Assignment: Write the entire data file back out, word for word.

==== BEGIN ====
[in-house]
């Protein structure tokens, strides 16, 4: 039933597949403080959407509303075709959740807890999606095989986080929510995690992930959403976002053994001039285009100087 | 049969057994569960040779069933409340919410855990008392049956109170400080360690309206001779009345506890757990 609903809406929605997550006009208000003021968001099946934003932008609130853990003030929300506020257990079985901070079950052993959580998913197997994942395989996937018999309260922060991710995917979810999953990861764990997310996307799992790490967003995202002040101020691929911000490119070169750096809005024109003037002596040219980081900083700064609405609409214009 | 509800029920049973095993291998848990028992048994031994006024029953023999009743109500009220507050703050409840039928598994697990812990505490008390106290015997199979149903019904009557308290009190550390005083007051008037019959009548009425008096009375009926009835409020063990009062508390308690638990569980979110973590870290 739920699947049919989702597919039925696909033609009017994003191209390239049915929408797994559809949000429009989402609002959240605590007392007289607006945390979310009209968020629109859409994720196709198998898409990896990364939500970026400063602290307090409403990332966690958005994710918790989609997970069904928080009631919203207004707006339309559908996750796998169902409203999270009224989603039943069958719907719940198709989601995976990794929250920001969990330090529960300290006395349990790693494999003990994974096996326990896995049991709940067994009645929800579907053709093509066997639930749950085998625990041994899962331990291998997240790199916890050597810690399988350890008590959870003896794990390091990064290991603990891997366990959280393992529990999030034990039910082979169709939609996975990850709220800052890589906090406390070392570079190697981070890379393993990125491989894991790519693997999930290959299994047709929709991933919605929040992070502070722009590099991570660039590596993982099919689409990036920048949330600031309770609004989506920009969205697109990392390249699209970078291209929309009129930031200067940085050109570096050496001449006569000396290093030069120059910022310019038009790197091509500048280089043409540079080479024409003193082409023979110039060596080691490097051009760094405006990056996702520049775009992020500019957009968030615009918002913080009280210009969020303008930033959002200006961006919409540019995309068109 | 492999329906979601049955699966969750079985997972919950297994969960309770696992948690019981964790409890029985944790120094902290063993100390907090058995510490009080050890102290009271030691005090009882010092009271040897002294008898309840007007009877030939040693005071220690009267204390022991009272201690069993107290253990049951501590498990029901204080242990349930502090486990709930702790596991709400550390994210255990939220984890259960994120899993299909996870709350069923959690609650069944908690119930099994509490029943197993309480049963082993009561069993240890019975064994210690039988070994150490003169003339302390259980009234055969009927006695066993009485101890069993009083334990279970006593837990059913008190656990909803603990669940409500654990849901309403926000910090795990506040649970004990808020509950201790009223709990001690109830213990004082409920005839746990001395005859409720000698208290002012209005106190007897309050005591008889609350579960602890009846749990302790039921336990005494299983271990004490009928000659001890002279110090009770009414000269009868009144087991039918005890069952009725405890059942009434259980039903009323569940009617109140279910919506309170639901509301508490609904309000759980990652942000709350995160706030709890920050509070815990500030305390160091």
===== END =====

[in-house]
């Protein structure tokens, strides 16, 4: 039933597949403080959407509303075709959740807890999606095989986080929510995690992930959403976002053994001039285009100087 | 049969057994569960040779069933409340919410855990008392049956109170400080360690309206001779009345506890757990 609903809406929605997550006009208000003021968001099946934003932008609130853990003030929300506020257990079985901070079950052993959580998913197997994942395989996937018999309260922060991710995917979810999953990861764990997310996307799992790490967003995202002040101020691929911000490119070169750096809005024109003037002596040219980081900083700064609405609409214009 | 509800029920049973095993291998848990028992048994031994006024029953023999009743109500009220507050703050409840039928598994697990812990505490008390106290015997199979149903019904009557308290009190550390005083007051008037019959009548009425008096009375009926009835409020063990009062508390308690638990569980979110973590870290 739920699947049919989702597919039925696909033609009017994003191209390239049915929408797994559809949000429009989402609002959240605590007392007289607006945390979310009209968020629109859409994720196709198998898409990896990364939500970026400063602290307090409403990332966690958005994710918790989609997970069904928080009631919203207004707006339309559908996750796998169902409203999270009224989603039943069958719907719940198709989601995976990794929250920001969990330090529960300290006395349990790693494999003990994974096996326990896995049991709940067994009645929800579907053709093509066997639930749950085998625990041994899962331990291998997240790199916890050597810690399988350890008590959870003896794990390091990064290991603990891997366990959280393992529990999030034990039910082979169709939609996975990850709220800052890589906090406390070392570079190697981070890379393993990125491989894991790519693997999930290959299994047709929709991933919605929040992070502070722009590099991570660039590596993982099919689409990036920048949330600031309770609004989506920009969205697109990392390249699209970078291209929309009129930031200067940085050109570096050496001449006569000396290093030069120059910022310019038009790197091509500048280089043409540079080479024409003193082409023979110039060596080691490097051009760094405006990056996702520049775009992020500019957009968030615009918002913080009280210009969020303008930033959002200006961006919409540019995309068109 | 492999329906979601049955699966969750079985997972919950297994969960309770696992948690019981964790409890029985944790120094902290063993100390907090058995510490009080050890102290009271030691005090009882010092009271040897002294008898309840007007009877030939040693005071220690009267204390022991009272201690069993107290253990049951501590498990029901204080242990349930502090486990709930702790596991709400550390994210255990939220984890259960994120899993299909996870709350069923959690609650069944908690119930099994509490029943197993309480049963082993009561069993240890019975064994210690039988070994150490003169003339302390259980009234055969009927006695066993009485101890069993009083334990279970006593837990059913008190656990909803603990669940409500654990849901309403926000910090795990506040649970004990808020509950201790009223709990001690109830213990004082409920005839746990001395005859409720000698208290002012209005106190007897309050005591008889609350579960602890009846749990302790039921336990005494299983271990004490009928000659001890002279110090009770009414000269009868009144087991039918005890069952009725405890059942009434259980039903009323569940009617109140279910919506309170639901509301508490609904309000759980990652942000709350995160706030709890920050509070815990500030305390160091």